These individuals would help bring genuine reform if they lobbied to change predator-friendly laws and prodded secular authorities to conduct real investigations, rather than just re-packaging the crumbs offered to them by bishops and pretending their words make a difference.
This report is part and parcel of the church hierarchy’s long-standing practice of suggesting that kids will be safer if only the right panels, policies and procedures are in place. That’s nonsense. It’s no lack of panels, policies and procedures that cause bishops to ignore and conceal horrific child sex crimes while transferring predator priests to unsuspecting communities. It’s a lack of courage.
If we want change, we need victims as whistleblowers to step forward, expose wrongdoers, and call police. We are grateful that more suffering survivors are stepping forward, and we hope they will continue to do so. Silence is tempting, but it helps no one. By speaking, can we begin to heal ourselves and protect others.
If we want change, we need stronger, more child-friendly secular laws that are vigorously enforced. Police have been far better help to victims than Catholic employees.
If we want change, we need top church staff to start defrocking and demoting other church staff who ignore and conceal heinous child sex crimes. Often, when a victim contacts a Catholic employee, the cover up intensifies and records are destroyed, victims are threatened, whistleblowers are discredited, witnesses are intimidated, alibis are fabricated, and the truth is even more subtly and shrewdly hidden.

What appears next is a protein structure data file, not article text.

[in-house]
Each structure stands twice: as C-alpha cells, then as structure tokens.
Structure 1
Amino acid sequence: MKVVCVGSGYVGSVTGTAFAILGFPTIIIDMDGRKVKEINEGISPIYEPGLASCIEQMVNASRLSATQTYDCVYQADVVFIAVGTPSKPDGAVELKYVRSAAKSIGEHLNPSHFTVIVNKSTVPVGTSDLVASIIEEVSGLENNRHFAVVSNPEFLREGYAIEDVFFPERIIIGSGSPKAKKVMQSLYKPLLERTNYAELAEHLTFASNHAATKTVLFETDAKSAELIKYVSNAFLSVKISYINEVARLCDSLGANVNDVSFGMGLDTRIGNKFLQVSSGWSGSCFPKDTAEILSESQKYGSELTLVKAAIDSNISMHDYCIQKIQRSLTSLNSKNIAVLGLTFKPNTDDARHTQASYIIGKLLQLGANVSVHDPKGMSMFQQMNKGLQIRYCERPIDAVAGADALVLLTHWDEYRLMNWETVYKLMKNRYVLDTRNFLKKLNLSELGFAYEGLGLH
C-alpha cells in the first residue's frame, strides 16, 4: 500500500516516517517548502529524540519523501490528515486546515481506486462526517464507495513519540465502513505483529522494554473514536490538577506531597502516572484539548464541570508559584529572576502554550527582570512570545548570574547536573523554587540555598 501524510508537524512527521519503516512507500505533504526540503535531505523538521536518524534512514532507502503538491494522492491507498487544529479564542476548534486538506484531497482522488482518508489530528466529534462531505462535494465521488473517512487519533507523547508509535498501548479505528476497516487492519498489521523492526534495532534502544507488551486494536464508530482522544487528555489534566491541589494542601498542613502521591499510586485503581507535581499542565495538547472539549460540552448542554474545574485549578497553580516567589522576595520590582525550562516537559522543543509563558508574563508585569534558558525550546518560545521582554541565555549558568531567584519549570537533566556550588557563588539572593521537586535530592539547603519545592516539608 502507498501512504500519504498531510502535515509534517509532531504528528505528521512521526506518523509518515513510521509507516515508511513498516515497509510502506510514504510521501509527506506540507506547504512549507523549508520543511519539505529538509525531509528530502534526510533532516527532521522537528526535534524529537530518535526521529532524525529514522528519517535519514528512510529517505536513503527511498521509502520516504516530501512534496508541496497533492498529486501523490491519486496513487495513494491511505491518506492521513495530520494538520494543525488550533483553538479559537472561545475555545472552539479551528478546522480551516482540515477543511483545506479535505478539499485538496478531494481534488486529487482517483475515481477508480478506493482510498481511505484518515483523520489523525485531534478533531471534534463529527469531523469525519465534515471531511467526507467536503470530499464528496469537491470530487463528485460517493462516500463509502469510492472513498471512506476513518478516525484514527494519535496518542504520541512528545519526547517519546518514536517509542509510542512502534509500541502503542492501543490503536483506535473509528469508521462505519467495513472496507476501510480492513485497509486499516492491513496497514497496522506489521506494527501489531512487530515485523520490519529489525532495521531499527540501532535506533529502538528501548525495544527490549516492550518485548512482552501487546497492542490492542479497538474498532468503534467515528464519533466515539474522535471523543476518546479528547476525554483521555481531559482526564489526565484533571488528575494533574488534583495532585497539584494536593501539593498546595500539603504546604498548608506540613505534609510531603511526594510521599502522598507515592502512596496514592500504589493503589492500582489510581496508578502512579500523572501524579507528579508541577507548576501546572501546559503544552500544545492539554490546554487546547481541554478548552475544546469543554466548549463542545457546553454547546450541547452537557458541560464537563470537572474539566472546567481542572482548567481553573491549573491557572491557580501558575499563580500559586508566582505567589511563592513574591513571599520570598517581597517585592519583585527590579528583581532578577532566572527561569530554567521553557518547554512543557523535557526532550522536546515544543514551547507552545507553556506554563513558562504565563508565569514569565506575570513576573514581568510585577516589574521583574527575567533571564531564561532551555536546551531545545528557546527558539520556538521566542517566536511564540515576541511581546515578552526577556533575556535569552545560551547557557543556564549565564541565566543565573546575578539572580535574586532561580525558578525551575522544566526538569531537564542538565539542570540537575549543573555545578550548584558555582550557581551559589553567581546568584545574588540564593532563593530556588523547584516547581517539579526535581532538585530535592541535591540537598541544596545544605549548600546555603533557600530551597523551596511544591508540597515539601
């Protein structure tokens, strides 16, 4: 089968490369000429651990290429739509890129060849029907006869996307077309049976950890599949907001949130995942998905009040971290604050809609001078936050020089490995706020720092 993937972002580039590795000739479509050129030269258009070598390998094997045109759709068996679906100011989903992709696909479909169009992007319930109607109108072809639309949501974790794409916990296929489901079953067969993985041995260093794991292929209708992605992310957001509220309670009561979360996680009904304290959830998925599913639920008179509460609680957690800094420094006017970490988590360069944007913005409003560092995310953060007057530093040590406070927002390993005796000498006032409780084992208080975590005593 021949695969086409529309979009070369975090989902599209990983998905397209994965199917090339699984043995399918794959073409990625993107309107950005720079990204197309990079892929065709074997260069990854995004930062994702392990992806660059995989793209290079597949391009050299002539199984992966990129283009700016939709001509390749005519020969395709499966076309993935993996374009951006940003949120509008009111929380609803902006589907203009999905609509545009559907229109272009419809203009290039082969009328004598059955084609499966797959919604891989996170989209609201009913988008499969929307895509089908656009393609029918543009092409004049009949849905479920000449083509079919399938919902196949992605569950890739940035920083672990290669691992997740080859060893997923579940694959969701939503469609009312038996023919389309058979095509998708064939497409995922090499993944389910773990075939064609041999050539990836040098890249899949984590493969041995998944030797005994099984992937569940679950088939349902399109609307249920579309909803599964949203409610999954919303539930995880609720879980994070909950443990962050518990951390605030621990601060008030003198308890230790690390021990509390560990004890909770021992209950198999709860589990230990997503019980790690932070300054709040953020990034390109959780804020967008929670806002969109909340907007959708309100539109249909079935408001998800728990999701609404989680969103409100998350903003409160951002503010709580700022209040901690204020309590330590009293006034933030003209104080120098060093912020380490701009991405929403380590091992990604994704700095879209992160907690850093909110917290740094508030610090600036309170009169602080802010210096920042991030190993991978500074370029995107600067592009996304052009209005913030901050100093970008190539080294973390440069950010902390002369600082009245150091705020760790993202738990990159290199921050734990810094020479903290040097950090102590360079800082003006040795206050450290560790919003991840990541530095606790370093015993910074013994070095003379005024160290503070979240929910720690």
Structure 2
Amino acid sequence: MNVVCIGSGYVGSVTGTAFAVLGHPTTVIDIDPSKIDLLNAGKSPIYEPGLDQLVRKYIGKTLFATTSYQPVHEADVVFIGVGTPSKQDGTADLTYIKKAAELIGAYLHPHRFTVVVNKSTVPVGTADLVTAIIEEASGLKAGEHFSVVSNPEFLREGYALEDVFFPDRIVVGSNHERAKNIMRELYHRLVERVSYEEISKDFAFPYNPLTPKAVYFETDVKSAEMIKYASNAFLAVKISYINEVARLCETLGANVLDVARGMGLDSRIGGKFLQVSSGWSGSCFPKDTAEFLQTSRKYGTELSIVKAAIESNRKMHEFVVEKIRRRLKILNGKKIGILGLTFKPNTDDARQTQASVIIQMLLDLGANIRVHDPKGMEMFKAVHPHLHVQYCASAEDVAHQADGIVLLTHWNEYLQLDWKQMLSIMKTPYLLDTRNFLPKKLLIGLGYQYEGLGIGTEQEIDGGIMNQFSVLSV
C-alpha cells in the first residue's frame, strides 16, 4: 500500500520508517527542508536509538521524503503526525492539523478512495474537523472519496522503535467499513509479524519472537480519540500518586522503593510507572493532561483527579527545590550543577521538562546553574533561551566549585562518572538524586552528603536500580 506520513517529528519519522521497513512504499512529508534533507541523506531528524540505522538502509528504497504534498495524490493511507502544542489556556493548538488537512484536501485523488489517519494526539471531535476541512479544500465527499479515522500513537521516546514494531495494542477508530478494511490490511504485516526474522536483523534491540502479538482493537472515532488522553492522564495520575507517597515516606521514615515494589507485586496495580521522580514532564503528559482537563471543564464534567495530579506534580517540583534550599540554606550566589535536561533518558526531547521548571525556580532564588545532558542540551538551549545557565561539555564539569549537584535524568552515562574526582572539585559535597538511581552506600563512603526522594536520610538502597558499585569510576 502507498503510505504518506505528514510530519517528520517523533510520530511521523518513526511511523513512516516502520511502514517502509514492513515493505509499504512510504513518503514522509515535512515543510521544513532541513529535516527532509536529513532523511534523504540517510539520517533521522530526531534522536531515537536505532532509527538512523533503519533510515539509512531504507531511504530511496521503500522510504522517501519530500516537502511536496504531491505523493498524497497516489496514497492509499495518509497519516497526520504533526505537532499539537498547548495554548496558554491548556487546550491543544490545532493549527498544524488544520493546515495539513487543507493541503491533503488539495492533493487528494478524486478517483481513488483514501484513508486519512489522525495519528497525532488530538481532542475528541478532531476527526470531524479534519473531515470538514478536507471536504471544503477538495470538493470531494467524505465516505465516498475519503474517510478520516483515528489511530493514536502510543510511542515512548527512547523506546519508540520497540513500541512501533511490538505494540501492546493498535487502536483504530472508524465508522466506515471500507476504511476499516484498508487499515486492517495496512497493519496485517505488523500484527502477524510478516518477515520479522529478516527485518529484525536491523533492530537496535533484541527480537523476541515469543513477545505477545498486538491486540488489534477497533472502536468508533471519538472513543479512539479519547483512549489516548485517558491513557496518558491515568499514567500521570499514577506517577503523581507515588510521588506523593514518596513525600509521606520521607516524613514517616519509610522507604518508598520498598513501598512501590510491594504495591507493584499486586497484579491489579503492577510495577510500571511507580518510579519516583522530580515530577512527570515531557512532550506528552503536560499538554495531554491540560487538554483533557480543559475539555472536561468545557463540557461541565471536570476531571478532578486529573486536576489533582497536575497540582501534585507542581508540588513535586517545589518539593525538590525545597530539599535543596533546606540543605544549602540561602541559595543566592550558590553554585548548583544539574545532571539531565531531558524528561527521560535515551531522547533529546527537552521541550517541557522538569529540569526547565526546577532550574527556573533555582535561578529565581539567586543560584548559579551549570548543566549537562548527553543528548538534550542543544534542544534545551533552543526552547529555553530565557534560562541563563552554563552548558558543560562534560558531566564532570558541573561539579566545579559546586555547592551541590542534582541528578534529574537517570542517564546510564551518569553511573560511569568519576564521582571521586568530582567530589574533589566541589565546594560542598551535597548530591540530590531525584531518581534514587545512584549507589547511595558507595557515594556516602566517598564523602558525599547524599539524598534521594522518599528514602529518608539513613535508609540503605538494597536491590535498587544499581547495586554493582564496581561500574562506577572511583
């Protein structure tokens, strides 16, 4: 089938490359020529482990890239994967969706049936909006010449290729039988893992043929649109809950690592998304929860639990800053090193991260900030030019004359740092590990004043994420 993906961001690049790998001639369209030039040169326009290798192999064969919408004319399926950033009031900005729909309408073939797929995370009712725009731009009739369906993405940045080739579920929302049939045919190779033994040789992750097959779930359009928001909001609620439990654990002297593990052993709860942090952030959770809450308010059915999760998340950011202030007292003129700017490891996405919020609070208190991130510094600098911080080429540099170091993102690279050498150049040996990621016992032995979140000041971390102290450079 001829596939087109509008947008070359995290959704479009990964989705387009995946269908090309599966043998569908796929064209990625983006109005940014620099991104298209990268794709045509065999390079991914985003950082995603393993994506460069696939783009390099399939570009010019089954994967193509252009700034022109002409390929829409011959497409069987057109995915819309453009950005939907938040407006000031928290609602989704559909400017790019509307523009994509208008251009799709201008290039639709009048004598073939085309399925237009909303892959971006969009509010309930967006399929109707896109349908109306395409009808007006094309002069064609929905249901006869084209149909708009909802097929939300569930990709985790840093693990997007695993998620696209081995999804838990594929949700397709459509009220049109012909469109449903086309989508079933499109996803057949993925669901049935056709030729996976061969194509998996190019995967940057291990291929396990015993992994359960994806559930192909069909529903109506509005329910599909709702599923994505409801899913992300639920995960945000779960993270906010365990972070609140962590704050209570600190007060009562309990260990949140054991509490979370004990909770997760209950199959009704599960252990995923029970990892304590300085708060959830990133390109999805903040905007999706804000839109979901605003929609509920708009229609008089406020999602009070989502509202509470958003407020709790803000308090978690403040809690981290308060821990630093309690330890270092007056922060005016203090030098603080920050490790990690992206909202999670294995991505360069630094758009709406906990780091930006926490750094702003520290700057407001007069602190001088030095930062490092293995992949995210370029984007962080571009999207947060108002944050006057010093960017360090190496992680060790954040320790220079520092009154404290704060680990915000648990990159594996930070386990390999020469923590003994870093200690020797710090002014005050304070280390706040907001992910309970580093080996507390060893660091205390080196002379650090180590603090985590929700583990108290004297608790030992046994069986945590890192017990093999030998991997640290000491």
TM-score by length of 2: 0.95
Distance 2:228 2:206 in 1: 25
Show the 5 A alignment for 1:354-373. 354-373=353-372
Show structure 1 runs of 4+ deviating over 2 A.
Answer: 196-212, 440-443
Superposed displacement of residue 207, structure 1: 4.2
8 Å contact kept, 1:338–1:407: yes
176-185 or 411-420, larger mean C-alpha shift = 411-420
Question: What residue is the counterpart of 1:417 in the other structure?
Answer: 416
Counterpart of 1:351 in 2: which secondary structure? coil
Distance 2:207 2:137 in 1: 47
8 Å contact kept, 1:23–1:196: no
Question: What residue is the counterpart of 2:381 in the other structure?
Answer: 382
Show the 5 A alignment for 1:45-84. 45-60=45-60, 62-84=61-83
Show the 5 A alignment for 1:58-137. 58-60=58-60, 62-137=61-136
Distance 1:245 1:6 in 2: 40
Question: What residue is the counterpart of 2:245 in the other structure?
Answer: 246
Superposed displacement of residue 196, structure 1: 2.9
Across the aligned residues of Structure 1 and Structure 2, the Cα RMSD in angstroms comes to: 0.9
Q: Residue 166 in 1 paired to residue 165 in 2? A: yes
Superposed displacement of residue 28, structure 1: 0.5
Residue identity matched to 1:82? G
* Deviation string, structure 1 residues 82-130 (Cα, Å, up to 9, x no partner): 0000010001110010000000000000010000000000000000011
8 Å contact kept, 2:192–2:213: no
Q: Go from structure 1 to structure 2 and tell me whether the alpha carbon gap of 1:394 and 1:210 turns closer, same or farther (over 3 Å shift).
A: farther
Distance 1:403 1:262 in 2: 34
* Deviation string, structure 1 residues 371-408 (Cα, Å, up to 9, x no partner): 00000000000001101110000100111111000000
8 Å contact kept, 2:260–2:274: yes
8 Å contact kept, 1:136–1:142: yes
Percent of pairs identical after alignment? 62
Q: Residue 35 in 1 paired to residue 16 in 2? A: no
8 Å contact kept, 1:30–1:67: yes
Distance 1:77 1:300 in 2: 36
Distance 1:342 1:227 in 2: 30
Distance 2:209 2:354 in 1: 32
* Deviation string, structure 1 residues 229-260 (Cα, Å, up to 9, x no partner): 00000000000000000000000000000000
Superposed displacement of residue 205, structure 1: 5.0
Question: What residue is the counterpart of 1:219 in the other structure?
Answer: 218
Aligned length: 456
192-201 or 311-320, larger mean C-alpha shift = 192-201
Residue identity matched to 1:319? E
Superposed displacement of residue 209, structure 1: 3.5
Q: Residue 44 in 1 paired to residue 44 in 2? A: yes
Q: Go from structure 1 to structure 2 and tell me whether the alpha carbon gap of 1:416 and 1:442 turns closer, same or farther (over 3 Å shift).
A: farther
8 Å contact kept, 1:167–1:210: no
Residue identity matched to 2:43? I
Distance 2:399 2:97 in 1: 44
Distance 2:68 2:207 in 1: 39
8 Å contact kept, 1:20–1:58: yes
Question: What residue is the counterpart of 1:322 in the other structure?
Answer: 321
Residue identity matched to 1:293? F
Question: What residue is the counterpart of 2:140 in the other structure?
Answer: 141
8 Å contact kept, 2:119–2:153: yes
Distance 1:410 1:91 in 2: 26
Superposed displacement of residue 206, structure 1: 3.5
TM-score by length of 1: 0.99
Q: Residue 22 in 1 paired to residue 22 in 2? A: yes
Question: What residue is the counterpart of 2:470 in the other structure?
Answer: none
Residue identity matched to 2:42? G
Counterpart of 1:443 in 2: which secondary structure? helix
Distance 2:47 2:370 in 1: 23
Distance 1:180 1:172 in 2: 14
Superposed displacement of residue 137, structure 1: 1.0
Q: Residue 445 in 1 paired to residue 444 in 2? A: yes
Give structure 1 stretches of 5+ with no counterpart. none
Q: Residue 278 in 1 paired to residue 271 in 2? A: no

Bishops know what’s right. They simply won’t do what’s right. They lack the will and the compassion – not the policies and procedures – to oust child molesting clerics promptly and discipline their enabling colleagues and supervisors severely.
Because of this failure, victims must contact independent sources of support. We beg them to call police officials, not church officials as they seek justice and healing.
(SNAP, the Survivors Network of those Abused by Priests, is the world’s oldest and largest support group for clergy abuse victims. We’ve been around for 23 years and have more than 10,000 members. Despite the word “priest” in our title, we have members who were molested by religious figures of all denominations, including nuns, rabbis, bishops, and Protestant ministers. Our website is SNAPnetwork.org)
Contact - David Clohessy (314-566-9790 cell, SNAPclohessy@aol.com), Barbara Blaine (312-399-4747, SNAPblaine@gmail.com), Peter Isely (414-429-7259, firstname.lastname@example.org), Barbara Dorris (314-862-7688 home, 314-503-0003 cell, SNAPdorris@gmail.com)
Pope's UK visit prompts increase in sex abuse allegations against church
Body set up to improve Catholic church's response to abuse reveals three-fold rise in allegations in 2010
The Guardian, Thursday 28 July 2011
Pope Benedict XVI's visit to Britain last year led to more reports of sexual abuse allegations, finds the National Catholic Safeguarding Commission, the body set up to improve the church's response to abuse claims.